Davidson and Goldberg go on to explain that “New technologies make possible instantaneous revision, repositioning, reformulation” (9). They then—rather dismissively if you ask me—acknowledge that there may be drawbacks to this in that people "may not take the time to reflect" (9). They continue on to insist that “the moment [of change] is fresh enough that it is still visible to us” (9), but I would like to suggest another element of this moment of “freshness”—that the glare of shiny, new contraptions and the libidinal stimulation of technological novelty blinds some of us and keeps some of us in a perpetual state of technological arousal. In 24/7 Crary explains the above instantaneity that Davdison and Goldberg discuss like this:
“The only consistent factor connecting the otherwise desultory succession of consumer products and services is the intensifying integration of one’s time and activity into the parameters of electronic exchange. Billions of dollars are spent every year researching how to reduce decision-making time, how to eliminate the useless time of reflection and contemplation. This is the form of contemporary progress—the relentless capture and control of time and experience”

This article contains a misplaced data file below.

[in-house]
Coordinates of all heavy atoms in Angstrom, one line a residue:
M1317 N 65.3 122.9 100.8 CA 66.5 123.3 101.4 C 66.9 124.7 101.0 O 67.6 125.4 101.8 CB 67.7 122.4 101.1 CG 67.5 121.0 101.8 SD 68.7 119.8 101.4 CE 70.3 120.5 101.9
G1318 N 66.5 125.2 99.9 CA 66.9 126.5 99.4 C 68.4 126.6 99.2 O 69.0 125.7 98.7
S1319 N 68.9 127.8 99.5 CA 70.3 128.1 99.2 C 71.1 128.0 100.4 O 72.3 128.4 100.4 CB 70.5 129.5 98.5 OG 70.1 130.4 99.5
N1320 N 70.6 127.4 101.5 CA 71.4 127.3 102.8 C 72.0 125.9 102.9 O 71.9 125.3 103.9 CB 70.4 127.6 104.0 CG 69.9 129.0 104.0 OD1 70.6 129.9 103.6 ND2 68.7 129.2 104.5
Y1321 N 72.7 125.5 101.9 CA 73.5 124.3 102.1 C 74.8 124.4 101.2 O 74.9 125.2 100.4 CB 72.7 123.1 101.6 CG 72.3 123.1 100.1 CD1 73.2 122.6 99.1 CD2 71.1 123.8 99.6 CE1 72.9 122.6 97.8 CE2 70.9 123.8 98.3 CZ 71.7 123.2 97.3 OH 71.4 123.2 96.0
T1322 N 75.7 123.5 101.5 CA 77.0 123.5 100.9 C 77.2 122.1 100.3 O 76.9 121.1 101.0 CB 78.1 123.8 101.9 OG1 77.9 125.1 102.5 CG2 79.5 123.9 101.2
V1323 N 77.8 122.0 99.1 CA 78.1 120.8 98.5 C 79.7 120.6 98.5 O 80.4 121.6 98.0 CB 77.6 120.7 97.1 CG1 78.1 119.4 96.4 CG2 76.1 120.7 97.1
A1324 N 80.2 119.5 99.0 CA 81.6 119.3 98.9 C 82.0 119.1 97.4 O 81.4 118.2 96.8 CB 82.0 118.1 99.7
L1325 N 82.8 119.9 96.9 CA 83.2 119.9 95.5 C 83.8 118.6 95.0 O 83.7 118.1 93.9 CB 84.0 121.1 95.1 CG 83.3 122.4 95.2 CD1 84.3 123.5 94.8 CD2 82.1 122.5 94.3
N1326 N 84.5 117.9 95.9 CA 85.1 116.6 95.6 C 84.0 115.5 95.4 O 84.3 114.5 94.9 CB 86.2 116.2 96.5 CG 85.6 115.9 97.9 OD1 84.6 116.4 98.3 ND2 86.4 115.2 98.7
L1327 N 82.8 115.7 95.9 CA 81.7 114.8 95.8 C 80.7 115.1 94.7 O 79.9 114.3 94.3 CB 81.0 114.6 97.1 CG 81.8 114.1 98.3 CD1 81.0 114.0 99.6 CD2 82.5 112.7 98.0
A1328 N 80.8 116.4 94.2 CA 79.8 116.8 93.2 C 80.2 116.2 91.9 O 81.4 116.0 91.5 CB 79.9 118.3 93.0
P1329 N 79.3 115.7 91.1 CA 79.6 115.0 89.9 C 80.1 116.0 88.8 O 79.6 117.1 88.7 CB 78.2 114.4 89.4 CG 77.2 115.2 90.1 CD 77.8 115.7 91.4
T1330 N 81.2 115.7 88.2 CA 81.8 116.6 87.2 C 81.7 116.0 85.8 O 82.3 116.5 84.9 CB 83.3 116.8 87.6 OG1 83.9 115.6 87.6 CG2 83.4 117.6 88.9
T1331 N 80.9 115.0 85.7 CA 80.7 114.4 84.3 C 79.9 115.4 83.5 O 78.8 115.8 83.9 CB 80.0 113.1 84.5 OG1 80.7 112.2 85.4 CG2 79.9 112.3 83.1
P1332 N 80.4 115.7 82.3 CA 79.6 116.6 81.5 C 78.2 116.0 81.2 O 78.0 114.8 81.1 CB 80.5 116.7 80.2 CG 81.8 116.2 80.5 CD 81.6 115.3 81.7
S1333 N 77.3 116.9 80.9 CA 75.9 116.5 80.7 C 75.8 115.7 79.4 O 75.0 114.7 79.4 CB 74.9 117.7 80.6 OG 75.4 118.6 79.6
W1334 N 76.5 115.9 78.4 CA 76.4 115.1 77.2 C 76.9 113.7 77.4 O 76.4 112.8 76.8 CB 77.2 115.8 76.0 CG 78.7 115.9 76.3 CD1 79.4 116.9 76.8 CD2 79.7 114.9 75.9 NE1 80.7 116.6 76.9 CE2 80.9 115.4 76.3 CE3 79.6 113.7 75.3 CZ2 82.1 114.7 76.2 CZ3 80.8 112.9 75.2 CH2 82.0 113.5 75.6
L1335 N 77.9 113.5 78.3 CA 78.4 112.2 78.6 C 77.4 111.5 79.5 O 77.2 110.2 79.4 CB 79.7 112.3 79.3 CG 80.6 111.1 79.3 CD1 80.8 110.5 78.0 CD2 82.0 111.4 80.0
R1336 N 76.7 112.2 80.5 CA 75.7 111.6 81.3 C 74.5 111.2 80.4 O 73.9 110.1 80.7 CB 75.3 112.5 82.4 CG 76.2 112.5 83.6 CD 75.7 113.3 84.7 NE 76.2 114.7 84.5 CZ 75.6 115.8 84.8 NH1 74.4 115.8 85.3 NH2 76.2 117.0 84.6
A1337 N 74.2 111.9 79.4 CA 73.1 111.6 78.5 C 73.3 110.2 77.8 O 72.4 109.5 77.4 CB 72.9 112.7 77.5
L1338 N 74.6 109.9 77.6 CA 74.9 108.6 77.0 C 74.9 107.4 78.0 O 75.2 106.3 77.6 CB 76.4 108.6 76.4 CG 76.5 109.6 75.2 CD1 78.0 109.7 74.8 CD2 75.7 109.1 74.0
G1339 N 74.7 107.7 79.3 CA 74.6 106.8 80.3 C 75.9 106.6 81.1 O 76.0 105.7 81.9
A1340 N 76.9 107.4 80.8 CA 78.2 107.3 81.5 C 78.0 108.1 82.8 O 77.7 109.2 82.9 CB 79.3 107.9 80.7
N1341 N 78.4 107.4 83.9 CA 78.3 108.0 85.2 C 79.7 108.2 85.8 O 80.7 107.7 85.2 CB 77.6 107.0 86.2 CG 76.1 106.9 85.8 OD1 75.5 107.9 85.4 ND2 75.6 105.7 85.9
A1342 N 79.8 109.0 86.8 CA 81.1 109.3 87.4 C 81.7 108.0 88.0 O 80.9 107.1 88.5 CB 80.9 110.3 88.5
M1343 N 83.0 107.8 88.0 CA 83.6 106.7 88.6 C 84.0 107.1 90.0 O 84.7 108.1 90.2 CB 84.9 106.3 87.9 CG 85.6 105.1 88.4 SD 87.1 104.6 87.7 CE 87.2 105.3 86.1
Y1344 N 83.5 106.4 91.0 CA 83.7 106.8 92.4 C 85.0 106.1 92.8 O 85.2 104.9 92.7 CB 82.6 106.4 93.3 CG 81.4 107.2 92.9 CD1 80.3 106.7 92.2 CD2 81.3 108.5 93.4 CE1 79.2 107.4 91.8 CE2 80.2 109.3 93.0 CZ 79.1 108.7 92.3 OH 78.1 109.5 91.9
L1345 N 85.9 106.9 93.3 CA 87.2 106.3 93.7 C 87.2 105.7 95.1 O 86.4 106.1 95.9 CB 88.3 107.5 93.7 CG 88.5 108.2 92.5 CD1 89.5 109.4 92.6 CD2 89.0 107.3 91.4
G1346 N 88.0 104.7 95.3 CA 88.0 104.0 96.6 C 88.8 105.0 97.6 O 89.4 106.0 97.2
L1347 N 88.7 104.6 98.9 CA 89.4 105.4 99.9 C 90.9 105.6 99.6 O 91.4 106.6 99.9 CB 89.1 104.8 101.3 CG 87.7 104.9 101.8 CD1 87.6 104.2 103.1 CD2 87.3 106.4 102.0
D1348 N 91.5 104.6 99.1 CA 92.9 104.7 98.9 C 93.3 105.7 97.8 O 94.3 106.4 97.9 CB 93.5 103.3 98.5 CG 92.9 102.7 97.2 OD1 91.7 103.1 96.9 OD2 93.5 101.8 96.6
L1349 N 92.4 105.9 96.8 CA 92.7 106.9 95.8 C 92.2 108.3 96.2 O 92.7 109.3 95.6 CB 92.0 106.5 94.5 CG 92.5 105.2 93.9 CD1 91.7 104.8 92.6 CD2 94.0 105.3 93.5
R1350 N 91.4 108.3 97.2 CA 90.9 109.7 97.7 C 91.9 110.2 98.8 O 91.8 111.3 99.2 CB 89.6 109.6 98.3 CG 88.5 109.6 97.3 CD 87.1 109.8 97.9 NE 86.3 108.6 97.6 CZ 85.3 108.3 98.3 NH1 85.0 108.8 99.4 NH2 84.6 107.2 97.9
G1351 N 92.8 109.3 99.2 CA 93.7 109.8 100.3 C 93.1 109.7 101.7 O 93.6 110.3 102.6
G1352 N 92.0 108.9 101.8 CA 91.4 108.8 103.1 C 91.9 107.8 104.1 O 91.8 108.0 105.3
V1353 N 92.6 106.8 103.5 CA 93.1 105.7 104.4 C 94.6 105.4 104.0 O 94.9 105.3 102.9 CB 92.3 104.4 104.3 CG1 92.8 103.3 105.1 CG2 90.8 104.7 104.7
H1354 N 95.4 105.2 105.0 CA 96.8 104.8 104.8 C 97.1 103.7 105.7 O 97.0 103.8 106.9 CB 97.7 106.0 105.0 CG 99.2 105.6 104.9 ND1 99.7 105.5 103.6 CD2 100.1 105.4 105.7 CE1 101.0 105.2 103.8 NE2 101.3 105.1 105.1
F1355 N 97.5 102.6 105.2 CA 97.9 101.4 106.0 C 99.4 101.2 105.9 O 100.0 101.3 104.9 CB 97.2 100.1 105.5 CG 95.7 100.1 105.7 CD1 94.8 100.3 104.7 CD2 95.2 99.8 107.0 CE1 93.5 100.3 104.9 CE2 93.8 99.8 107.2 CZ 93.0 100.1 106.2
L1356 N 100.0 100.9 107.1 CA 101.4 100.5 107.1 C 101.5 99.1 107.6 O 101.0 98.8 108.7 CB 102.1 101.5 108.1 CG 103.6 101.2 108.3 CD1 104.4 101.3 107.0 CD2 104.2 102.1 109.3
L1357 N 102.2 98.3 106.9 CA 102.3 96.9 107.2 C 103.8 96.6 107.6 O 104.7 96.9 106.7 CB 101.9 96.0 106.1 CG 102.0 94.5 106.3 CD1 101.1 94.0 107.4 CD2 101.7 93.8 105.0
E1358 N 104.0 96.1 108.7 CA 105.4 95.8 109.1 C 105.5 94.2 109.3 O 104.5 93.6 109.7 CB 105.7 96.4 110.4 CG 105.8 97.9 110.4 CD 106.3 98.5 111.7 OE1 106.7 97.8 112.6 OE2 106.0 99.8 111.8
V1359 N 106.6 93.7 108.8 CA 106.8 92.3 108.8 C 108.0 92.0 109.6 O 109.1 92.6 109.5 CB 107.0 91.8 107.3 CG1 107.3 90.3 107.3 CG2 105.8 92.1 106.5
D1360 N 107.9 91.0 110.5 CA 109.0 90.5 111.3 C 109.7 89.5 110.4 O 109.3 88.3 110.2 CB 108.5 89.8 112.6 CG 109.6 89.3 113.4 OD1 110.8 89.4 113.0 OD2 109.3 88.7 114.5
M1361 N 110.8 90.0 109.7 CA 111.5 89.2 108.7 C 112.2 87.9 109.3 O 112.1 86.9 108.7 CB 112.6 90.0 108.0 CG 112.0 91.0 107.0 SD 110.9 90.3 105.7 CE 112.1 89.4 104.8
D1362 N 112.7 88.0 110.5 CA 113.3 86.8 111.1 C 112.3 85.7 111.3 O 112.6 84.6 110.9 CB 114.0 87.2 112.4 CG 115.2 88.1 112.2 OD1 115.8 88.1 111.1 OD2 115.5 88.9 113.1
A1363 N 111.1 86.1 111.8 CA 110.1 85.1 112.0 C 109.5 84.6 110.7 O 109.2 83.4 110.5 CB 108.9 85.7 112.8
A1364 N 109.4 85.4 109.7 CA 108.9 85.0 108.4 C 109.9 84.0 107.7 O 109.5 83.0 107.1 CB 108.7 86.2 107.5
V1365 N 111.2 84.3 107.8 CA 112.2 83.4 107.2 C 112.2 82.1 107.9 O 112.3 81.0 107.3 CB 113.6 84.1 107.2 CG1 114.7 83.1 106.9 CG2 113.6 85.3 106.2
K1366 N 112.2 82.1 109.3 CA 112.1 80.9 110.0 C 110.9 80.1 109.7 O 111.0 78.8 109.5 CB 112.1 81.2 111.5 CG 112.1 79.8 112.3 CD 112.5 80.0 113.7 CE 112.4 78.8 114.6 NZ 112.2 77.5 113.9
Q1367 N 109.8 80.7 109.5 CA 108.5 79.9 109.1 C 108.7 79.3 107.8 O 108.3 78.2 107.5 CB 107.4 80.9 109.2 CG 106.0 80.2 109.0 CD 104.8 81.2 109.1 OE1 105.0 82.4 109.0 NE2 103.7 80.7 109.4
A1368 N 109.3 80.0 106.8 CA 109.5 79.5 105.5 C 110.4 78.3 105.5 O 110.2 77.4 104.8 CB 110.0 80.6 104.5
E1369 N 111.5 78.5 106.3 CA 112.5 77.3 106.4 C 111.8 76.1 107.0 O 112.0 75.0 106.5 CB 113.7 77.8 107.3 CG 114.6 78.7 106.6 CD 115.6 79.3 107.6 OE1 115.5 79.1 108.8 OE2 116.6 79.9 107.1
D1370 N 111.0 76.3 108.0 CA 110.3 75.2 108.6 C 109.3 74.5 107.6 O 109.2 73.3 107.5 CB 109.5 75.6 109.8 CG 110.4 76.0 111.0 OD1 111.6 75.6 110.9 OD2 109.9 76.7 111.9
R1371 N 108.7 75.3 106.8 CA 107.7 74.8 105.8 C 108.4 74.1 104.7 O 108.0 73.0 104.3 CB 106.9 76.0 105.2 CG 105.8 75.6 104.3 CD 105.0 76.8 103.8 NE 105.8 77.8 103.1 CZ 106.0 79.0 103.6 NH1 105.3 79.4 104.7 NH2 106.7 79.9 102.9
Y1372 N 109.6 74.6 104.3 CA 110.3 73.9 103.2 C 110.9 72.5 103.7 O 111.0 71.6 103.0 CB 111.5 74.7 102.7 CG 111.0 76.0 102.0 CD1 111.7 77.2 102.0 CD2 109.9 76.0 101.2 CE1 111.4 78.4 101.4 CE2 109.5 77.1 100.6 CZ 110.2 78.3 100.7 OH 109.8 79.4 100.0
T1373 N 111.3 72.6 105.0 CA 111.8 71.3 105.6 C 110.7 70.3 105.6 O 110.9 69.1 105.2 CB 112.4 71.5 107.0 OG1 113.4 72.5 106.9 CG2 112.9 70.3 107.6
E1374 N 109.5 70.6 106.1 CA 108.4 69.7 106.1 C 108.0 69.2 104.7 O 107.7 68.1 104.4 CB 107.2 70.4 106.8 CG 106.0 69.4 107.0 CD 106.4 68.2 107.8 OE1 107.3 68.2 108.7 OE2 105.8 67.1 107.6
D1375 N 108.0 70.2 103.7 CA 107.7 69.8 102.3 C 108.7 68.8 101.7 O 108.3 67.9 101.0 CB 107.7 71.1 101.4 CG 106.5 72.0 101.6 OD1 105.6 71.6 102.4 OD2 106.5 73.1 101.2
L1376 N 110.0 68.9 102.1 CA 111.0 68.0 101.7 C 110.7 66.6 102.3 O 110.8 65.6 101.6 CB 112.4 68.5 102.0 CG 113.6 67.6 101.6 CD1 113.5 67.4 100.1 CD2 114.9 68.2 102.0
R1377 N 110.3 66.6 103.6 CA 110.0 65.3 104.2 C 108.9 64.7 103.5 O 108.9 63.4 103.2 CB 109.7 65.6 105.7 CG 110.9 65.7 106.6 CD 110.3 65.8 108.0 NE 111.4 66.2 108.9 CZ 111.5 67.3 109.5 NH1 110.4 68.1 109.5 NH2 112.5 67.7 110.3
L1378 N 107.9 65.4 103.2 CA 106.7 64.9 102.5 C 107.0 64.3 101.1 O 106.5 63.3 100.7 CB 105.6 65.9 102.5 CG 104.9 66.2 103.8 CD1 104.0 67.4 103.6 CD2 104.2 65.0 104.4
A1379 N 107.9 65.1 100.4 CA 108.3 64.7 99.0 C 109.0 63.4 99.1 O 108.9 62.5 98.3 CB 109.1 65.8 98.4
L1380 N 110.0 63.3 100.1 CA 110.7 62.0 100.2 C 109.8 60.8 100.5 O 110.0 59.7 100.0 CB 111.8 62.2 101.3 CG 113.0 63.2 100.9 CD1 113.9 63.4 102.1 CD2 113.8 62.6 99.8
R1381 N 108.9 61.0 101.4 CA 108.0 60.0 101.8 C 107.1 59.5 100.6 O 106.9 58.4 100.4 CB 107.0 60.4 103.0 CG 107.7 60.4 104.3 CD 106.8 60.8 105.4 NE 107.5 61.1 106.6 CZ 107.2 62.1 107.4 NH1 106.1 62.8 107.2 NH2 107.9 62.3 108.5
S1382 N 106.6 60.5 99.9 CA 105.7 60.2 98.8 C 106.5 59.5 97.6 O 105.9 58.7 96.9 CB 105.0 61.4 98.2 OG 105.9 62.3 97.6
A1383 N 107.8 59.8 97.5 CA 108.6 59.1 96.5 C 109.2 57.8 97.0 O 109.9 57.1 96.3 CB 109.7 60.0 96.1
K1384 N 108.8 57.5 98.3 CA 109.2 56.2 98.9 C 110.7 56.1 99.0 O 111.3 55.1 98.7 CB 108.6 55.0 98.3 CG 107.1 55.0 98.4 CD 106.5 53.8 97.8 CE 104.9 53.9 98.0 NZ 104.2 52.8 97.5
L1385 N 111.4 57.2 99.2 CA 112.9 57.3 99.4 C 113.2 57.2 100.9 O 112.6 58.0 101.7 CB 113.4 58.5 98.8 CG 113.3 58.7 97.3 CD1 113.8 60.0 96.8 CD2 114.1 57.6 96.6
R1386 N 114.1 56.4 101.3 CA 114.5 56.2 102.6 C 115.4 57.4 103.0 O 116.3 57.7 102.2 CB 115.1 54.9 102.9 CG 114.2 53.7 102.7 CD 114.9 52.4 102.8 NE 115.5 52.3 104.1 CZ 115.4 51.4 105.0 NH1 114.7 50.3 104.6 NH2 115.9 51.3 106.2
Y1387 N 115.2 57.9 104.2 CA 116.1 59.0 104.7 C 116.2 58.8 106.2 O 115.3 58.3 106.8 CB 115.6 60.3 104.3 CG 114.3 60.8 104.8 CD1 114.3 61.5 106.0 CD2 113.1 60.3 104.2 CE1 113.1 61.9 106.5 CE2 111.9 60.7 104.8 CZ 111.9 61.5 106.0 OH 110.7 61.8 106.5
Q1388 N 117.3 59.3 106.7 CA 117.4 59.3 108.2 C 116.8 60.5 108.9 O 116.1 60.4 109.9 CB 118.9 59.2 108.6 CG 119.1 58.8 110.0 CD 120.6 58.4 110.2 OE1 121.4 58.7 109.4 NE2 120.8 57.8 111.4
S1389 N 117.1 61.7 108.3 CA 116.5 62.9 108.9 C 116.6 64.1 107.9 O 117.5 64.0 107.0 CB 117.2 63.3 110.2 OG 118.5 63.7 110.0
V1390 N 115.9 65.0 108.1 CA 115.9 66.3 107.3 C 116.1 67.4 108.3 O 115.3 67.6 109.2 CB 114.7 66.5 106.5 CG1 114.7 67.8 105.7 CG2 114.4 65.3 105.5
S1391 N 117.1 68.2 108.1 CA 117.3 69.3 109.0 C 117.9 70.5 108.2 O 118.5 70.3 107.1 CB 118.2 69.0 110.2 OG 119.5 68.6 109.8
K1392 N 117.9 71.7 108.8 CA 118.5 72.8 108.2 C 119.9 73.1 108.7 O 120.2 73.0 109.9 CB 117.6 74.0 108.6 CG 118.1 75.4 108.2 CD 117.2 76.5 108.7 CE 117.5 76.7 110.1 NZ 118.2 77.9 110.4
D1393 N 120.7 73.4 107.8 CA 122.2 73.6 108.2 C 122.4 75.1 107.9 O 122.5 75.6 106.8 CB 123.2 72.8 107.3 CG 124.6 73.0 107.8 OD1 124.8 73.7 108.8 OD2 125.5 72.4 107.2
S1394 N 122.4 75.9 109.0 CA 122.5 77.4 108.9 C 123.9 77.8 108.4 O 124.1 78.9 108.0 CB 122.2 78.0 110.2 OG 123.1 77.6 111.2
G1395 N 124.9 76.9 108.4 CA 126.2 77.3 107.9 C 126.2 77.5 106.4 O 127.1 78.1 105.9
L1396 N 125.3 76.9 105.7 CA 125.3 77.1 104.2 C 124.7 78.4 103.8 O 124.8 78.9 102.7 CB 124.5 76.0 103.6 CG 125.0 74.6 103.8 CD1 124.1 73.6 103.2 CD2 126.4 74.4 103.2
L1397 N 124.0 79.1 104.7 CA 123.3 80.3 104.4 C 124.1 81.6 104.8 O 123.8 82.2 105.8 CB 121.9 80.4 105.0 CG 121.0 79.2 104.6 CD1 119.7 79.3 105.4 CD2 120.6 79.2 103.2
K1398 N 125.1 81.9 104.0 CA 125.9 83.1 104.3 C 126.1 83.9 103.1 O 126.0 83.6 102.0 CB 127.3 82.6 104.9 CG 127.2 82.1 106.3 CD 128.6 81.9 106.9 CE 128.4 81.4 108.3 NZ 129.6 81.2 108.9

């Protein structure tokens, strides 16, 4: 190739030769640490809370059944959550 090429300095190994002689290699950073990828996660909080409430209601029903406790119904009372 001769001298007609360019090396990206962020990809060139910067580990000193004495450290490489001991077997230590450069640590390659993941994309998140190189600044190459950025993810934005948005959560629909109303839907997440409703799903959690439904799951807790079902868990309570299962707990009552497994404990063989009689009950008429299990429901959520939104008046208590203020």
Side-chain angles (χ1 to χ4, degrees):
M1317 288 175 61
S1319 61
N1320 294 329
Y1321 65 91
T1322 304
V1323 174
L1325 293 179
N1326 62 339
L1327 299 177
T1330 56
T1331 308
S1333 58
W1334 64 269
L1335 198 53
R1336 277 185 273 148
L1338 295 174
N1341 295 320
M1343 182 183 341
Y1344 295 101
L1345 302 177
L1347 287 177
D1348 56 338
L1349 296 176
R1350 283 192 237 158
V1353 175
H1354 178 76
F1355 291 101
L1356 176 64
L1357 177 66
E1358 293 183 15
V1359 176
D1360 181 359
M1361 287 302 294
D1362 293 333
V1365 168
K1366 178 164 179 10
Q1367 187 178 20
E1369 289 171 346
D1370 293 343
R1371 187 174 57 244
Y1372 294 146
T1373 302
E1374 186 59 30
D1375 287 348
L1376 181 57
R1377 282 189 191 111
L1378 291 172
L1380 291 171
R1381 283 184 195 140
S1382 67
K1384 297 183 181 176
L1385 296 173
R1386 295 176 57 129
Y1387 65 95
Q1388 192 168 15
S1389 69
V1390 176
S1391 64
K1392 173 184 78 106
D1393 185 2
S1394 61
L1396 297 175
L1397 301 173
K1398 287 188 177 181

To the whole general debacle of academia not keeping up with all of the technological change, and the risks that Davidson and Goldberg present, I will respond here with Crary’s assertion that: “Submission to these arrangements is near irresistible because of the portent of social and economic failure—the fear of falling behind, of being deemed outdated. The rhythms of technological consumption are inseparable from the requirement of continual self-administration…The illusion of choice and autonomy is one of the foundations of this global system of auto-regulation” (44).
Davidson and Goldberg suggest that “New digital and collaborative modes of learning, writing, communicating, and publishing inevitably disturb traditional definitions” (31). Fair enough. Thus, they go on to explain, “in transitional moments such as the present one, assumptions become visible and also require serious rethinking” (31). The idea of standing at the precipice of technological change and “transition,” and of being at this pivotally liminal point where if decisions to change are not made, academia will become perilously outdated (outmoded?), seems like academia genuflecting to the engineered obsolescence that the rest of consumer society does.